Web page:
A Perfect Day
Until I was driving up the Killington Road and saw the snow.
Then I lost it.

Dressed up for the Big Day
Not my breakfast, thank goodness, but any control I had over my emotions what so ever.  I let the tears fall, letting my chest heave violently up and down as I pulled into the parking lot at K1.  The sky was a stunning blue and the green mountains, only recently having popped, were showing off their sparkling plushness that seemed to come alive in the slight breeze.  It was an absolutely perfect day for earning my 200th day of skiing and I was going to let my soul take me on the adventure of a lifetime.  

4 June 2005: My Dad skiing the fast grass way before Candide 

This emotional roller coaster had started a little over a week before, when my mom discovered a collection of photographs hidden in my dad's desk from his first time skiing in the month of June.  He had been captivated by my tales of hiking up after the lifts had closed and skiing until naught but the tiniest patch remained.  The combined excitement of skiing with his dog and checking another month of skiing off his list was too great.  So, on 4 June 2005, my dad  & his golden retriever, Ripper, joined Vespi and I on his first (but definitely not his last) earned turned adventure.  He wore jeans.  I was on teles.  And the dogs were beyond stoked to finally get a chance to ski together.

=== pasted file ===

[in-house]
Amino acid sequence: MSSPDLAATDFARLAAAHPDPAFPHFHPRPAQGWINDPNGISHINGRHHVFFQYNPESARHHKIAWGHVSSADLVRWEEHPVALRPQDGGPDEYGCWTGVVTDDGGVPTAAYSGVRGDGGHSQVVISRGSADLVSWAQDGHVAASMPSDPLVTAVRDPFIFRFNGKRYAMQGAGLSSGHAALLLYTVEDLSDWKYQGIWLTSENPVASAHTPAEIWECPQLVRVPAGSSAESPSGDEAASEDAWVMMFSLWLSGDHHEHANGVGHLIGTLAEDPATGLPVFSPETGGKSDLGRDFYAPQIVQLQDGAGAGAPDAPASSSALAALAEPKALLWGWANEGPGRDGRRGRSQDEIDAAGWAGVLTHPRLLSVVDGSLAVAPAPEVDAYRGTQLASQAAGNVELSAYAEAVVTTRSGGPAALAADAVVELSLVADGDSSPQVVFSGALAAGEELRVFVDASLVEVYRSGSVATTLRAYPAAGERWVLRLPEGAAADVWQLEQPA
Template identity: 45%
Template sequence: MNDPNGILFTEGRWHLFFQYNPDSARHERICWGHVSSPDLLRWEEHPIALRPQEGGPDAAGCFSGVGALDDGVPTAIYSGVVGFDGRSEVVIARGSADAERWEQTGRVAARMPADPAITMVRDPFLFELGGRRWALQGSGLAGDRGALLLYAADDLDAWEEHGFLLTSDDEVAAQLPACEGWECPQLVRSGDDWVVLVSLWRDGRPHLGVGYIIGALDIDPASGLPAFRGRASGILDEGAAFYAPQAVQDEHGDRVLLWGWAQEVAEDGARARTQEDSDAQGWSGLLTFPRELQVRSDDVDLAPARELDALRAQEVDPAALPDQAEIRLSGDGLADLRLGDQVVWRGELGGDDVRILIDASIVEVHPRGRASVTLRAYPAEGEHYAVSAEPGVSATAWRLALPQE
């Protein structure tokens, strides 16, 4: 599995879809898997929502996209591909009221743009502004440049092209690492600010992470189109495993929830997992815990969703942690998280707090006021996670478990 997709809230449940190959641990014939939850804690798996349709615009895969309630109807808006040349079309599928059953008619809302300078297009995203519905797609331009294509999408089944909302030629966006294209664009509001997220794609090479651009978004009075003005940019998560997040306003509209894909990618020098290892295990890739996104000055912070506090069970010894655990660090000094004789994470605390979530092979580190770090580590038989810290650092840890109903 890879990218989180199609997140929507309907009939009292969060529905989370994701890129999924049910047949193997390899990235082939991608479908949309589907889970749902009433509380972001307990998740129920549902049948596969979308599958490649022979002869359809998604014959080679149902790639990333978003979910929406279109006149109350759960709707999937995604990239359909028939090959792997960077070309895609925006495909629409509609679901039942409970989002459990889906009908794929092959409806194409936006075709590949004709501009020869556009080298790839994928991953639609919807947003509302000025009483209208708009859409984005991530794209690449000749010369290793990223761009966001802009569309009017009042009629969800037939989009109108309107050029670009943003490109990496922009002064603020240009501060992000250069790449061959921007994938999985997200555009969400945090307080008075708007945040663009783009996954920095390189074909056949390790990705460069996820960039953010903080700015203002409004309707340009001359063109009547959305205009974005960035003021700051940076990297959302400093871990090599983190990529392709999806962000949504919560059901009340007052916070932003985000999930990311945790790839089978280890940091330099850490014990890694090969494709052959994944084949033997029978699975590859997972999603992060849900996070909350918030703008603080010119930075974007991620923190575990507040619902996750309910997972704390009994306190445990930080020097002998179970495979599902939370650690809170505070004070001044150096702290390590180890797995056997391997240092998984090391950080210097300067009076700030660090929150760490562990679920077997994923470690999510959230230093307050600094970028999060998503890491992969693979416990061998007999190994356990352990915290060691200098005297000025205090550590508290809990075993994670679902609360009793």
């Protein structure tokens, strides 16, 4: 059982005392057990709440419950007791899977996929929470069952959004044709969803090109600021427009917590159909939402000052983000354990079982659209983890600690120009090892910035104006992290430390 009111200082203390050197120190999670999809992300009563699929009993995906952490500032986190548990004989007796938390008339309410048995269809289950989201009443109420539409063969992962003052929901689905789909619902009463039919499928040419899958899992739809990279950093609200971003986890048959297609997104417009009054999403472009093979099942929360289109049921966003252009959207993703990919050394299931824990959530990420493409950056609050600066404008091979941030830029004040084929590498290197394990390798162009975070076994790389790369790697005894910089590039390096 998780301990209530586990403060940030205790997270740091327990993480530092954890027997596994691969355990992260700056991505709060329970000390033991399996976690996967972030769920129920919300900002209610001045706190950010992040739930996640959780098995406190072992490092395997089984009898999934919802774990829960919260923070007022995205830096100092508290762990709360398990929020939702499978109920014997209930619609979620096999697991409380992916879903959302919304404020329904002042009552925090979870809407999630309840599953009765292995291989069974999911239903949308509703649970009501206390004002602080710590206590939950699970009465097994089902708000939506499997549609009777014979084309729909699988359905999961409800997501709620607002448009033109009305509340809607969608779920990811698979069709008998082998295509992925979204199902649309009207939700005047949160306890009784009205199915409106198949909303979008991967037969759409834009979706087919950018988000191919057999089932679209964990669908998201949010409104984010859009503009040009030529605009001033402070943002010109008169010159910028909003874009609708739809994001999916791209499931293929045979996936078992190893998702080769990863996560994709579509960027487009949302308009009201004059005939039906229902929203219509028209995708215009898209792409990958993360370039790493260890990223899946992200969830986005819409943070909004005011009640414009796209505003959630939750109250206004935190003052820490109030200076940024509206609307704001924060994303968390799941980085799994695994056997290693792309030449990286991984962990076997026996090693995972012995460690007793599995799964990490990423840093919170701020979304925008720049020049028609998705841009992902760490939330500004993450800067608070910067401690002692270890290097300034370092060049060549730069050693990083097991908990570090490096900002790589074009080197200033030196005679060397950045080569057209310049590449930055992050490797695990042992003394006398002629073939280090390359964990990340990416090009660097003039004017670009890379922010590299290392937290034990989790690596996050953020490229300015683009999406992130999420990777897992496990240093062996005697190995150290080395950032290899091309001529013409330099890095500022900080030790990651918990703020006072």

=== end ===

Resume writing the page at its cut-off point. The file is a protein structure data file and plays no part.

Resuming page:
It was one of my best days of skiing ever. And I'm pretty sure it was dad's idea to ski the fast grass that first time - he joked about having to do some patchwork.  We theorized about leaving no patch un-skied and would walk back up to a little section if gravity pulled us past her, while the dogs ran and rolled and frolicked like dogs will do.  There is a sense of freedom in manipulating each little patch in an attempt to ski every square foot of available snow while the lifts hang quietly above us.

May 2013: Earning Turns in the Rain
This was the type of adventure we would repeat every spring, my dad and I.  If my dad was in Killington and there was snow, he wanted to ski.    It no longer mattered if the lifts were running; in fact, we often had more fun in spite of the closure.    There was snow to be skied and we had better ski it.  One year, we skied in the pouring rain at the end of May because that was the day he was able to make things work to be here.  So the raincoats went on.  And skiing we went.